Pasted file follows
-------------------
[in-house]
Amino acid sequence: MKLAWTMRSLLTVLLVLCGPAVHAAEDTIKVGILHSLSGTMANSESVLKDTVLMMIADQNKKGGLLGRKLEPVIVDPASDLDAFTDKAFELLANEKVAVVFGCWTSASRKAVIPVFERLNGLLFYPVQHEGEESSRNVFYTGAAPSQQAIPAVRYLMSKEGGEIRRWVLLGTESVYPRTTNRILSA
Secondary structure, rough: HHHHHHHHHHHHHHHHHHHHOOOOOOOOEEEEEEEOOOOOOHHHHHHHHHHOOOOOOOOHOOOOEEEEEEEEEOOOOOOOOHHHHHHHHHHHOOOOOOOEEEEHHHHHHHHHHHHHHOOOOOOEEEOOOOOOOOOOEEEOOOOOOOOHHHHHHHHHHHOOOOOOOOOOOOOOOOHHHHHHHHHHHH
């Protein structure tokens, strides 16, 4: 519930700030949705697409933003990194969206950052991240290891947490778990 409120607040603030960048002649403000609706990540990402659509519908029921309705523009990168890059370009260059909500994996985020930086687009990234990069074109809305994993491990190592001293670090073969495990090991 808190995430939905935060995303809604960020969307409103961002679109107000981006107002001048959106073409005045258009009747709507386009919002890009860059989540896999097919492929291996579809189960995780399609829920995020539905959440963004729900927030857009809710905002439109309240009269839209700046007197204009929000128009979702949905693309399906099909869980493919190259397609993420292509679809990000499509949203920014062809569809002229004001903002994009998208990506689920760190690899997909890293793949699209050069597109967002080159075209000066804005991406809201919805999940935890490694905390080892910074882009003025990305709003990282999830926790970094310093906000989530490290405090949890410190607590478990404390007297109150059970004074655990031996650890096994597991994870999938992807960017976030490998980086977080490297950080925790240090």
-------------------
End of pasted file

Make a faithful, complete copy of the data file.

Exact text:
[in-house]
Amino acid sequence: MKLAWTMRSLLTVLLVLCGPAVHAAEDTIKVGILHSLSGTMANSESVLKDTVLMMIADQNKKGGLLGRKLEPVIVDPASDLDAFTDKAFELLANEKVAVVFGCWTSASRKAVIPVFERLNGLLFYPVQHEGEESSRNVFYTGAAPSQQAIPAVRYLMSKEGGEIRRWVLLGTESVYPRTTNRILSA
Secondary structure, rough: HHHHHHHHHHHHHHHHHHHHOOOOOOOOEEEEEEEOOOOOOHHHHHHHHHHOOOOOOOOHOOOOEEEEEEEEEOOOOOOOOHHHHHHHHHHHOOOOOOOEEEEHHHHHHHHHHHHHHOOOOOOEEEOOOOOOOOOOEEEOOOOOOOOHHHHHHHHHHHOOOOOOOOOOOOOOOOHHHHHHHHHHHH
């Protein structure tokens, strides 16, 4: 519930700030949705697409933003990194969206950052991240290891947490778990 409120607040603030960048002649403000609706990540990402659509519908029921309705523009990168890059370009260059909500994996985020930086687009990234990069074109809305994993491990190592001293670090073969495990090991 808190995430939905935060995303809604960020969307409103961002679109107000981006107002001048959106073409005045258009009747709507386009919002890009860059989540896999097919492929291996579809189960995780399609829920995020539905959440963004729900927030857009809710905002439109309240009269839209700046007197204009929000128009979702949905693309399906099909869980493919190259397609993420292509679809990000499509949203920014062809569809002229004001903002994009998208990506689920760190690899997909890293793949699209050069597109967002080159075209000066804005991406809201919805999940935890490694905390080892910074882009003025990305709003990282999830926790970094310093906000989530490290405090949890410190607590478990404390007297109150059970004074655990031996650890096994597991994870999938992807960017976030490998980086977080490297950080925790240090």